They enter the day three points back of the Capitals for the top spot in the division and the entire league.

They have dropped two consecutive games in a shootout and are looking to avoid what would be their first three-game losing streak since January (it is also their only three-game losing streak of the season).

Given that they have been without their second best player, pretty much an entire top-four on defense (including their No. 1 defenseman), and a couple of other key forwards this has been an incredible run over the past few weeks. It speaks not only to the depth of the organization, but also to the way the top players, specifically Sidney Crosby, have been able to carry the team through the injuries in recent weeks.

Crosby has eight goals and 12 points over the past eight games alone as he tries to secure his second goal scoring crown and keep pace with Connor McDavid in the Art Ross race.

On Sunday evening the Penguins will wrap up their season series with the Flyers and are looking to win it. The Penguins won the first two meetings of the season, including a 4-2 win in the Stadium Series at Heinz Field back in February. The Flyers however won the last meeting, shutting out the Penguins 4-0 in Philadelphia earlier this month.

While the Penguins are competing for the top spot in the NHL, the Flyers are simply looking to salvage something from a season that has turned into a pretty big disappointment after appearing to be trending in the right direction back in December when they put together a 10-game winning streak. Since that winning streak however the Flyers have gone just 15-22-5 and are going to miss the playoffs for the second time in three years and the third time in the past five.

The one bright spot for the Flyers this season has been the play of power forward Wayne Simmonds who is just one goal away from recording his second straight 30-goal season.

NHL on NBC: Wild look to bounce back after embarrassing loss

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With losses in 10 of their 13 games so far in the month of March the Minnesota Wild are fading during the stretch run of the 2016-17 season.

It is a slump that has almost certainly cost them the Central Division crown (something they seemed destined to win as recently as a month ago) and has caused some concern with the playoffs just around the corner.

Things seemed to only get worse on Saturday when they were embarrassed on home ice by the Vancouver Canucks, a defeat that prompted coach Bruce Boudreau to pretty much rip into his team’s effort.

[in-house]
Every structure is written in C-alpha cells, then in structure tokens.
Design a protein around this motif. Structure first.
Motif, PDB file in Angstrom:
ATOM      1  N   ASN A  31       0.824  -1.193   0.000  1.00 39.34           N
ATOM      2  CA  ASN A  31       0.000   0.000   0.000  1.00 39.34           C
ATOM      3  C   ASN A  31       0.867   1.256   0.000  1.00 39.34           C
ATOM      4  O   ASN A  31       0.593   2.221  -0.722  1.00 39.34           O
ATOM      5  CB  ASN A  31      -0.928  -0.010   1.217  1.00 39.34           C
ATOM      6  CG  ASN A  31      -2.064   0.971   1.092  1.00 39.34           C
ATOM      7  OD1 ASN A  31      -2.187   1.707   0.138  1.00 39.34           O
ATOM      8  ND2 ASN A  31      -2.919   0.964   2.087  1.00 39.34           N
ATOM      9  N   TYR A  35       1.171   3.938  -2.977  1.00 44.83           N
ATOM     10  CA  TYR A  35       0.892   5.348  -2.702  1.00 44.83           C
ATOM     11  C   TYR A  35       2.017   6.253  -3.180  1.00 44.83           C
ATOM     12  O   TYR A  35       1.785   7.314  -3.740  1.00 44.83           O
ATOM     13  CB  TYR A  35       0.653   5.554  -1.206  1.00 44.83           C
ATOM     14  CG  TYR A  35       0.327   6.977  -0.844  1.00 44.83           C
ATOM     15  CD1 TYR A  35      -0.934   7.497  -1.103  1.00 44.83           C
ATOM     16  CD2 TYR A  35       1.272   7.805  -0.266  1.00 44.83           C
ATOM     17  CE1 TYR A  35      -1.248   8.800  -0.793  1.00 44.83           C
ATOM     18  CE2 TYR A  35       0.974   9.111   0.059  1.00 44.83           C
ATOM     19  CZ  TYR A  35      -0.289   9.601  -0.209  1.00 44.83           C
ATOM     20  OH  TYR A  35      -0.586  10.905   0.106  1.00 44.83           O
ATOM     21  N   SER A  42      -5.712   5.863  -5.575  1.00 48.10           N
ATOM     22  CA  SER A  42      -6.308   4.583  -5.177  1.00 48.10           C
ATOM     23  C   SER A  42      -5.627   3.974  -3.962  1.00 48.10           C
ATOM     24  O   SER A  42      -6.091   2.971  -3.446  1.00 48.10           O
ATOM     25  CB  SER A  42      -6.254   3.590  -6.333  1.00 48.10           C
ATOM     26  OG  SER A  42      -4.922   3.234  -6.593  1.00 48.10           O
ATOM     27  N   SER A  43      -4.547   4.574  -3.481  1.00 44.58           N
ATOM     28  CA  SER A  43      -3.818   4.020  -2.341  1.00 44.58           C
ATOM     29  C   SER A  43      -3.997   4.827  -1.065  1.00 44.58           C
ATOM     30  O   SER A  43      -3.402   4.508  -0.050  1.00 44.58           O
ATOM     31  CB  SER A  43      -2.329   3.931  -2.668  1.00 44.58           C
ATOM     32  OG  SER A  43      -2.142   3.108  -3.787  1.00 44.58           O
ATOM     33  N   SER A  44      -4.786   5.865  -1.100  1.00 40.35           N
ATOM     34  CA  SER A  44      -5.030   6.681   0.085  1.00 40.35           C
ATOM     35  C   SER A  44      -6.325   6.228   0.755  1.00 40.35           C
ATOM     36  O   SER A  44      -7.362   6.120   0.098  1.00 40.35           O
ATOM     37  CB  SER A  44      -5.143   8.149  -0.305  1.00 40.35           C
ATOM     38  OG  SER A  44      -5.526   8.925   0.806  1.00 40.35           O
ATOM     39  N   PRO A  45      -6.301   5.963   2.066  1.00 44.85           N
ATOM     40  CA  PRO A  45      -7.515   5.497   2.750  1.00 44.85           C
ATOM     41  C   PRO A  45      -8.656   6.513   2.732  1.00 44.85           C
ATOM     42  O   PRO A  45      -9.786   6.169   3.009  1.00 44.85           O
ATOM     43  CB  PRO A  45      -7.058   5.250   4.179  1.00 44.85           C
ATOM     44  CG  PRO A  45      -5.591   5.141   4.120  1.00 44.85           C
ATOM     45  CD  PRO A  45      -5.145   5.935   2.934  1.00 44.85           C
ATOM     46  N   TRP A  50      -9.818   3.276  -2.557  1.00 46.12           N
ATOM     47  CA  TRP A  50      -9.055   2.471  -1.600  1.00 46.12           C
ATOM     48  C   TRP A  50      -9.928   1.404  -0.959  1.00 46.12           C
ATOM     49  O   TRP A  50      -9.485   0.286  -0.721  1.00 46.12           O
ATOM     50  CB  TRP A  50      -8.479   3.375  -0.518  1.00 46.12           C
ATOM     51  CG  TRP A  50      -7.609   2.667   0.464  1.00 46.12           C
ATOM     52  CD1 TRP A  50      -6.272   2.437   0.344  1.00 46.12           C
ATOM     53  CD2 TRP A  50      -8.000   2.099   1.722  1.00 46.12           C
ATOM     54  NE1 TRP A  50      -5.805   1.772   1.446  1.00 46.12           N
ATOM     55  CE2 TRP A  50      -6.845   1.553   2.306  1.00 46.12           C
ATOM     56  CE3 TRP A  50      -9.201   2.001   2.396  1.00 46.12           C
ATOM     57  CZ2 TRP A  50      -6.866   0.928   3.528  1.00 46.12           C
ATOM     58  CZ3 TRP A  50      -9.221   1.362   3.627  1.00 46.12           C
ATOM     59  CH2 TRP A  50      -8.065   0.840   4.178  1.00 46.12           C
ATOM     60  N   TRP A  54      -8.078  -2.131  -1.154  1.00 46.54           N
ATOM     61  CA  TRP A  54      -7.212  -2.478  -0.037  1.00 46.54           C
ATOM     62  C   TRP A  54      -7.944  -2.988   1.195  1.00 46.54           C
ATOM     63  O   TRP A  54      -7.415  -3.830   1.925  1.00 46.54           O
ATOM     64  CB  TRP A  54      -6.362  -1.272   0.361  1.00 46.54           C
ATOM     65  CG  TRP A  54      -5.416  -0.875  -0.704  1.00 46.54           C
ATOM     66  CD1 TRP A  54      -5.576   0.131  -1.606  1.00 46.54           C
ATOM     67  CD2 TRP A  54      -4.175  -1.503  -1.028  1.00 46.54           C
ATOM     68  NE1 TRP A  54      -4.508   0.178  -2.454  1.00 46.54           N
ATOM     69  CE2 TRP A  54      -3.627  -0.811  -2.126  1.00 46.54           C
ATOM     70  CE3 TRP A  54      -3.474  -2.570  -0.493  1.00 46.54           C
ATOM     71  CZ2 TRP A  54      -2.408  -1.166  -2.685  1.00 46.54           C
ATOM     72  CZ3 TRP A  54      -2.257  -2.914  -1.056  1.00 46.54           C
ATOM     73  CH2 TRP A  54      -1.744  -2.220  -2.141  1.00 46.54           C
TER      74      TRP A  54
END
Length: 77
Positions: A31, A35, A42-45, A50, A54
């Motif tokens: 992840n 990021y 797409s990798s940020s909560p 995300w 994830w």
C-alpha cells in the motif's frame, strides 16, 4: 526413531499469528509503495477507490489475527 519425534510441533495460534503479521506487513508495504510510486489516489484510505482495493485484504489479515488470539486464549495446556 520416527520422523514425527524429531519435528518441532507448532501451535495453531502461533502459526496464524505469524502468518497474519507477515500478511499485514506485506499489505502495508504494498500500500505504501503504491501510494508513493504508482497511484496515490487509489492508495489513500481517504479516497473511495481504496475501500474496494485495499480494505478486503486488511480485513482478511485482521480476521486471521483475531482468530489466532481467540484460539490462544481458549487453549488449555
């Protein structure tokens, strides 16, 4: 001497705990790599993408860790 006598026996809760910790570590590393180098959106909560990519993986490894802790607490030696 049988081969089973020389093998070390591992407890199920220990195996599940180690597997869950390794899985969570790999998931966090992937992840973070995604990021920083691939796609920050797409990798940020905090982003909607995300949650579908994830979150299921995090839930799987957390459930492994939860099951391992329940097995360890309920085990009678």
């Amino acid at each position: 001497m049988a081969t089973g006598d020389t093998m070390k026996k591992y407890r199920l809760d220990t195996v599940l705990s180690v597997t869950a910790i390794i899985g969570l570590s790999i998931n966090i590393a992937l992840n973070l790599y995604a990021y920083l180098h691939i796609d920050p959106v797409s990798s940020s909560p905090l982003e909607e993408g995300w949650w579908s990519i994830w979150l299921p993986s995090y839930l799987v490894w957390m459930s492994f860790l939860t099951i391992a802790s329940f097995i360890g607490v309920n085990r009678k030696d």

The only good news is they do not have to wait long to get back on the ice and get rid of the sour taste that effort left.

They will be making their final trip to Joe Louis Arena on Sunday afternoon when they visit the Detroit Red Wings. All of the action can be seen on NBC or via our Live Stream. Puck drop is scheduled for 12:30 p.m. ET.

While the Wild, a team that is headed to the playoffs and had been in contention for a division crown, is playing some of its worst hockey of the season right now, the Red Wings, a team going nowhere this season with nothing to play for, has put together a nice little run in recent weeks with a 3-1-1 record in its past five games, collecting seven out of a possible 10 points. Henrik Zetterberg, still the team’s best player even at age 36, has been playing especially well for the Red Wings over the last quarter of the season, collecting 30 points in his past 26 games. That includes five multi-point games in the month of March alone.

After Saturday’s loss to Vancouver the Wild now find themselves eight points back of the Blackhawks in the standings with eight games to play. This after the Wild held a five-point lead over the Blackhawks (with a game in hand) when the month of March began. That is a massive swing in the standings in a very short period of time, and will likely result in Boudreau failing to win a division title for just the second time in his career as an NHL coach.

Still, the Wild know they are going to the playoffs (they actually clinched a spot on Saturday, even with the loss to Vancouver) and they know they are now likely to be the second place team in the Central Division and get a first-round matchup with either the Nashville Predators or St. Louis Blues. Still, this is not the way they want to be heading into the playoffs.

They would probably like to start getting things back in the right direction on Sunday.